File Structure! The one thing you should never, ever, ever fail at! This is about as important as being able to read and write. Most of the time we work in one version and stay in that mode and mood to develop our ideas or conecpts in whatever medium we decide to work in. I work across multiple mediums across multiple software platforms. The one thing that has always been super important to me is File Structure.
File Structure is pretty much organization of your files. I like most people who start out--start out the wrong way (and yes, there is a wrong way) and get really messy. Most times you don't save or save often and you loose a file. You loose hours of work. This happens a lot when programs crash, your computer is dying on you or you spill coffee on your machine. To save some headaches, save, and save often. Once in a while--probably every 2 weeks to a few months back up your files across multiple storage areas (on a cloud server, external hard drive or data DVD disk). Its important--even though they'll be collecting dust you'll wonder whats in there and find a gem. I used to never think I would want them but--it's true. 5 to 10 years from now you'll wish you just simply had the project files rather than just the files or sources to the files you worked on today.
The second big thing is within structure you need a place for your sources, different files for programs, different places for renders and maybe a whole new section just for ideas (if you can't stop thinking and constantly have to write them down, props for you--I've yet to get to this point, but I'm sure I will soon because of HitRECord). But it's important to seperate these things out when you're working for yourself, and when you're ever working professionally for a client. And like how most of us work on HitRECord, we have to source / cite things--and the best place outside of the HitRECord site that keeps a history log of your most recent downloads and recommends--keep your source files away from your project files and renders. You don't ever want to confuse yourself. Plus, most programs don't store video, image or audio in the actual project file (Flash does, but most programs don't) so you'll wanna keep things organized so you can reload or find the footage or file you're missing in your project--if you're ever missing it.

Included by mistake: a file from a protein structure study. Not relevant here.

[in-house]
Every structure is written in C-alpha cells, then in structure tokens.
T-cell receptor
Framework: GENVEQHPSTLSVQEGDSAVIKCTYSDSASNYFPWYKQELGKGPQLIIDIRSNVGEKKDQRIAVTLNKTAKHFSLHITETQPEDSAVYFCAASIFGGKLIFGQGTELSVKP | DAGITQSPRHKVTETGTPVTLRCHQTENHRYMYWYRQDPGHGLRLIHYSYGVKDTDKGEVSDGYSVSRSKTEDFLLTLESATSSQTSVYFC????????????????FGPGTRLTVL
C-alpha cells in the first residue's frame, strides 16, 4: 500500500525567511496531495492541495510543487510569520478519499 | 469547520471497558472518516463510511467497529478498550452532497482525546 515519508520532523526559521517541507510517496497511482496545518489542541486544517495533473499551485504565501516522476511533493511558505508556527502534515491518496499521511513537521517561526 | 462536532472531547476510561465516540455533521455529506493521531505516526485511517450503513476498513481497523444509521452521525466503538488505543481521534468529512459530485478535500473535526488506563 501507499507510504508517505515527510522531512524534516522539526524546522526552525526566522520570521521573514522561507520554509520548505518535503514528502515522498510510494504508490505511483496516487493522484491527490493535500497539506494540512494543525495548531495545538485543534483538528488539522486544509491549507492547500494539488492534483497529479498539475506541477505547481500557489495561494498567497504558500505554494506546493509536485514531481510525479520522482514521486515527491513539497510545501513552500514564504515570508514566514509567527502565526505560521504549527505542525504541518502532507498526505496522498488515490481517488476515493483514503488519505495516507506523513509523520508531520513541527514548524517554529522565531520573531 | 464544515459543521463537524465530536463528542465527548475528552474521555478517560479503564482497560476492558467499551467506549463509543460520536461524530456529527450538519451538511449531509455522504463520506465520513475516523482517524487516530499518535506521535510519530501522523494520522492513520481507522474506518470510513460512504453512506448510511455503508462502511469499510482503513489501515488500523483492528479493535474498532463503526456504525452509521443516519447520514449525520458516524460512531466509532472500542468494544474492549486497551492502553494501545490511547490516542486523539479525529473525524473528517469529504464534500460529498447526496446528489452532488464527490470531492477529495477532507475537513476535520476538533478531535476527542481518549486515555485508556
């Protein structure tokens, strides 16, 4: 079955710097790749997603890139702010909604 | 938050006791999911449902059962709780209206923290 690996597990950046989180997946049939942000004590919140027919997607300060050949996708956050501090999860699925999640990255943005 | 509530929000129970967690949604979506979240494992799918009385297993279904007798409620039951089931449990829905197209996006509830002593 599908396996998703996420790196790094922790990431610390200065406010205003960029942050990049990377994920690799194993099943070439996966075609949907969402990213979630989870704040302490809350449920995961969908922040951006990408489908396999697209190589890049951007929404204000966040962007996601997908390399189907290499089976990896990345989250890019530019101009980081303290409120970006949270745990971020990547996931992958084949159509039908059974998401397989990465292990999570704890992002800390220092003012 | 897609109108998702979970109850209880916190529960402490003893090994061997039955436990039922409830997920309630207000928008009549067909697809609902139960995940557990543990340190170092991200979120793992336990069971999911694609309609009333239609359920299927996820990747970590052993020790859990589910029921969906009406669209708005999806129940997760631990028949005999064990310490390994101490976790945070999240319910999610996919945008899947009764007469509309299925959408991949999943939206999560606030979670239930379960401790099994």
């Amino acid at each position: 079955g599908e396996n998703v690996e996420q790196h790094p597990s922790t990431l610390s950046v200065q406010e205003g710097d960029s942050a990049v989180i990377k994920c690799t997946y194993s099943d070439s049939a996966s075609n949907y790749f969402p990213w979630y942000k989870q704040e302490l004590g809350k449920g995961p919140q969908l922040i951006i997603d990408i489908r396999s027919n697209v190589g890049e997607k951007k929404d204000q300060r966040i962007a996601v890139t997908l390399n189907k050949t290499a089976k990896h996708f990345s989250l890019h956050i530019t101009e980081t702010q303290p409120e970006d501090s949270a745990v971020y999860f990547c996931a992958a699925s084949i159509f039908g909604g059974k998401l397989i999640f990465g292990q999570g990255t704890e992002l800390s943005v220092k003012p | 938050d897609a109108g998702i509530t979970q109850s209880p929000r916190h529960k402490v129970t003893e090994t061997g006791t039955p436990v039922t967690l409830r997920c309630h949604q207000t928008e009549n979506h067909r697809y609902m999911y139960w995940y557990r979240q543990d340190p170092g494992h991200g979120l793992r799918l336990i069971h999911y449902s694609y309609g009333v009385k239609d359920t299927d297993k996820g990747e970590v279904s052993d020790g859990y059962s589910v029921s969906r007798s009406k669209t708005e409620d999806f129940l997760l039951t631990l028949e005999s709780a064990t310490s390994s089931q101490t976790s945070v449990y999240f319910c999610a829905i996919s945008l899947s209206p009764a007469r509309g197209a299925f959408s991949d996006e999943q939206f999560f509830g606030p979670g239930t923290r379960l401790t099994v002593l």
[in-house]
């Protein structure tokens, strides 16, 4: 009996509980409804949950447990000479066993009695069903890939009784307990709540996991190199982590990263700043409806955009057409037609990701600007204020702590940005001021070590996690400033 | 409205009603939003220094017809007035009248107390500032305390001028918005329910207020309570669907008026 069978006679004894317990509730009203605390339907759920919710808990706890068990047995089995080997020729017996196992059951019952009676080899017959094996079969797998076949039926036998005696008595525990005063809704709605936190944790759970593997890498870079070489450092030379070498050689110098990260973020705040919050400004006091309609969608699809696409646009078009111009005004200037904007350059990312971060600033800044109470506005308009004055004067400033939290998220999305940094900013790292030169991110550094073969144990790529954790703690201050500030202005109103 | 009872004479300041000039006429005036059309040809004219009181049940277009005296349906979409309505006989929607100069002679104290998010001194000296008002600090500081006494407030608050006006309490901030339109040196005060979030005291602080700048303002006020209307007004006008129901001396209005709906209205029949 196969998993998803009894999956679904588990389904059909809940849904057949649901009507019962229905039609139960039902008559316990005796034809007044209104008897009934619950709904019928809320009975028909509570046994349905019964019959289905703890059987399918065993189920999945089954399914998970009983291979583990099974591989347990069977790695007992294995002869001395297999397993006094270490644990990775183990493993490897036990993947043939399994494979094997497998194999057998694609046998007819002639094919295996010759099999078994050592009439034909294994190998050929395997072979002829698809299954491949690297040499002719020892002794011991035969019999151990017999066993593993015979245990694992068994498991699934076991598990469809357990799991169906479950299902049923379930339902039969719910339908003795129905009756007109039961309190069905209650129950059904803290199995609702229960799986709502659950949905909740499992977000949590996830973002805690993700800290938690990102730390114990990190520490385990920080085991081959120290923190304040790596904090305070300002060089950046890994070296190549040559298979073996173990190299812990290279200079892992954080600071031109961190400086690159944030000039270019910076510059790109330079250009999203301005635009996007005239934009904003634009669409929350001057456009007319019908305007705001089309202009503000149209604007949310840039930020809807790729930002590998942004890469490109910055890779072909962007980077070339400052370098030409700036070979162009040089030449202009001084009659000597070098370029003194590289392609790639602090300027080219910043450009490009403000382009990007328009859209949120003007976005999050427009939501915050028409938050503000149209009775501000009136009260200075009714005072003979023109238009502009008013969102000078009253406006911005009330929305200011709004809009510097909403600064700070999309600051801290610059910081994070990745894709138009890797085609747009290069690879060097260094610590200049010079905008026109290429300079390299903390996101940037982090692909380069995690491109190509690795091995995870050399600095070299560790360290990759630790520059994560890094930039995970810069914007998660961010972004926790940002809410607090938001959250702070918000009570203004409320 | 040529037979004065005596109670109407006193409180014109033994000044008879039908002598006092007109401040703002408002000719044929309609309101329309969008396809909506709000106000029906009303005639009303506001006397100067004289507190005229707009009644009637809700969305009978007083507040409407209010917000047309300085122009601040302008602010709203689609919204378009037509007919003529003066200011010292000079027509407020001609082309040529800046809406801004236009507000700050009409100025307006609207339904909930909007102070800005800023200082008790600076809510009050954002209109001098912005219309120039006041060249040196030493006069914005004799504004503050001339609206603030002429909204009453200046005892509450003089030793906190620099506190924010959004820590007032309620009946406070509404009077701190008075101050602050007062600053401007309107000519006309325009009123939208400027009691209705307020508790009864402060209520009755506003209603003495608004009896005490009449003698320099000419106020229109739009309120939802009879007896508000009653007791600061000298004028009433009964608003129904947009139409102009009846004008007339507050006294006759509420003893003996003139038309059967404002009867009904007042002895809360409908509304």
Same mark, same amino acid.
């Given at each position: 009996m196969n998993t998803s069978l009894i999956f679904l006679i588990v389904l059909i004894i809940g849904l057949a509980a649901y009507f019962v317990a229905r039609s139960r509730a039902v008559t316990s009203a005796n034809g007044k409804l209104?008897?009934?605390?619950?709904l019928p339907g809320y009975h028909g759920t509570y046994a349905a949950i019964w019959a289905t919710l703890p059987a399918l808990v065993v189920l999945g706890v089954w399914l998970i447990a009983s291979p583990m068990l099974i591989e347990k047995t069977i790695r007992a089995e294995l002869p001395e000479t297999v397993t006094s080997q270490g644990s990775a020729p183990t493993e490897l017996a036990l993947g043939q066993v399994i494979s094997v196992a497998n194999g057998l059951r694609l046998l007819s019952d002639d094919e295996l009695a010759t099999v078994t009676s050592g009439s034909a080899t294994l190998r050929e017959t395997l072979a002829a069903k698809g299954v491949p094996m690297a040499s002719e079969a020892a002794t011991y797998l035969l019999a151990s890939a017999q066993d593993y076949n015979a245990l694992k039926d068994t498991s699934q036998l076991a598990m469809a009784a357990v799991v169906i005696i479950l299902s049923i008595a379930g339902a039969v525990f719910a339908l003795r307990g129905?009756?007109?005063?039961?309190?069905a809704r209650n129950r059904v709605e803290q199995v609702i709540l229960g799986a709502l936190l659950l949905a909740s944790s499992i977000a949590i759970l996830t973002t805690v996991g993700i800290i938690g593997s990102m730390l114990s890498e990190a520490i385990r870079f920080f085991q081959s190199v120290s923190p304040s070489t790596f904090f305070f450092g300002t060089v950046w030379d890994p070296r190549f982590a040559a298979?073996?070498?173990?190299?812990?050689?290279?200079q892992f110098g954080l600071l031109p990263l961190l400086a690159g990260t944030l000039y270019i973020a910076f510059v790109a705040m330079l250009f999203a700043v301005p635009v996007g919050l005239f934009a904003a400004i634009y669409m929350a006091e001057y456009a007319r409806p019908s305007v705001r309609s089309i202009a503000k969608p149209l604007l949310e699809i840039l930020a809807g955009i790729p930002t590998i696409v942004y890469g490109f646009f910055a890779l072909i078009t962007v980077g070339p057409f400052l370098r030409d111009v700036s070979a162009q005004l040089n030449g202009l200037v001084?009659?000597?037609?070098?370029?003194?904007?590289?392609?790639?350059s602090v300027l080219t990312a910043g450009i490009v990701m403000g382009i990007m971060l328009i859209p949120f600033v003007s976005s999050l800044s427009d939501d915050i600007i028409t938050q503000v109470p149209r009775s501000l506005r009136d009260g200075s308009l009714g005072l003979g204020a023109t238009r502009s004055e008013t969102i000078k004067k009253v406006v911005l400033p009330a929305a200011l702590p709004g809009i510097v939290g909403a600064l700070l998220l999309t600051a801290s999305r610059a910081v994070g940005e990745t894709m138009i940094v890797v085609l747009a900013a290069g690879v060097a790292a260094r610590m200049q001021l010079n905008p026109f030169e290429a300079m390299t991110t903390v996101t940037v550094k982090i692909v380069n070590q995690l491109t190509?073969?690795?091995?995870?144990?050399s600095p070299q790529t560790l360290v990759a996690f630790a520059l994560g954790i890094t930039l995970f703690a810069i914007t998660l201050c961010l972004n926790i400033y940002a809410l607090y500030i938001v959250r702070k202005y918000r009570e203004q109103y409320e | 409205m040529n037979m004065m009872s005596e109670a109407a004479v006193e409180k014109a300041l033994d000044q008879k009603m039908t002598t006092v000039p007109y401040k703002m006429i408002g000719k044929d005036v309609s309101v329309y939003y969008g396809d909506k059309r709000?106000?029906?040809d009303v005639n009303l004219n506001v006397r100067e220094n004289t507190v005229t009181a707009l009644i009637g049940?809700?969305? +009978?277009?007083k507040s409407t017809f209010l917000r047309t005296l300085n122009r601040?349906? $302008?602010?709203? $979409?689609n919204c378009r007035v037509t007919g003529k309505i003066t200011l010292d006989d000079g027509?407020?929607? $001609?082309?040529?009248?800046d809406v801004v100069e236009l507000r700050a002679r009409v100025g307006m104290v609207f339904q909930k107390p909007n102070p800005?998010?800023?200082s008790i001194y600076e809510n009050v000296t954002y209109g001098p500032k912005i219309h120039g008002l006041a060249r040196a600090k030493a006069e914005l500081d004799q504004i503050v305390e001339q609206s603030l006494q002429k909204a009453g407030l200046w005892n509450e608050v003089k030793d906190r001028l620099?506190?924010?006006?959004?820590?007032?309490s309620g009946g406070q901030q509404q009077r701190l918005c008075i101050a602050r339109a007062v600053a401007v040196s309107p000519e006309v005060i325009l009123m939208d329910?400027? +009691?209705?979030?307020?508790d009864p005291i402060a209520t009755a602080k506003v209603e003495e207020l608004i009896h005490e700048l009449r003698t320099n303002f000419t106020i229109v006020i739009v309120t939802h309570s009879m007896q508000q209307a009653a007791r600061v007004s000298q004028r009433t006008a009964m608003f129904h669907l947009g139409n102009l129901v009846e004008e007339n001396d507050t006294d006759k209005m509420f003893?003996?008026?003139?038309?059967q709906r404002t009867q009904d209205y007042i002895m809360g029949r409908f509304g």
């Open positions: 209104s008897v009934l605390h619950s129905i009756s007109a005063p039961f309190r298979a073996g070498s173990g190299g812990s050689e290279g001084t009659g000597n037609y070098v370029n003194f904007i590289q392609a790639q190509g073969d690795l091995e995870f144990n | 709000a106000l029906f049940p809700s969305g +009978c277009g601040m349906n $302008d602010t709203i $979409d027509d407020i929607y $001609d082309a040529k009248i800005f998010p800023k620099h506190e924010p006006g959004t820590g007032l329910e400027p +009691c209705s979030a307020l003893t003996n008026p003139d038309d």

Also in the picture, I've highlighted "__File_Structure" and "Source" because the contents in it are how I've setup the structure and the system so I don't have to constantly remake the folders and rename them. That's a tedious task. So I just copy them--and paste them. They're named quite generically. I suggest doing the same thing too. The "Source" folder is highlighted just so you remember to flush that out too. Stay organized.
Lastly--file naming. Make sure you name your work with reasonable titles and be willing to abrevate those titles, when they're too long, you'll skip past them if you're looking for them next to hundreds of other files. You'll notice that in the picture above I've got many different projects for HitRECord. Half of them are completed or haven't been touched in a long while. But I keep the naming simple, and I use underscores often. Underscores are extremely useful because a lot of programs to this day don't work on the same computing language. So usually when you have a "space" between two words--sometimes the program will not read that file. This is definetly true when you're ever building a website on your own and uploading images. Sometimes things are "case" sensitive as well--so make sure you do everything with intent.
Make sure you get into the habbits of your habbits of making content. Be tedious and backup and be organized--you won't fail at making art or being able to get your work out there but when the time comes and you can't find your work or totally lost it--I'll be the voice in your head that says, I told you so!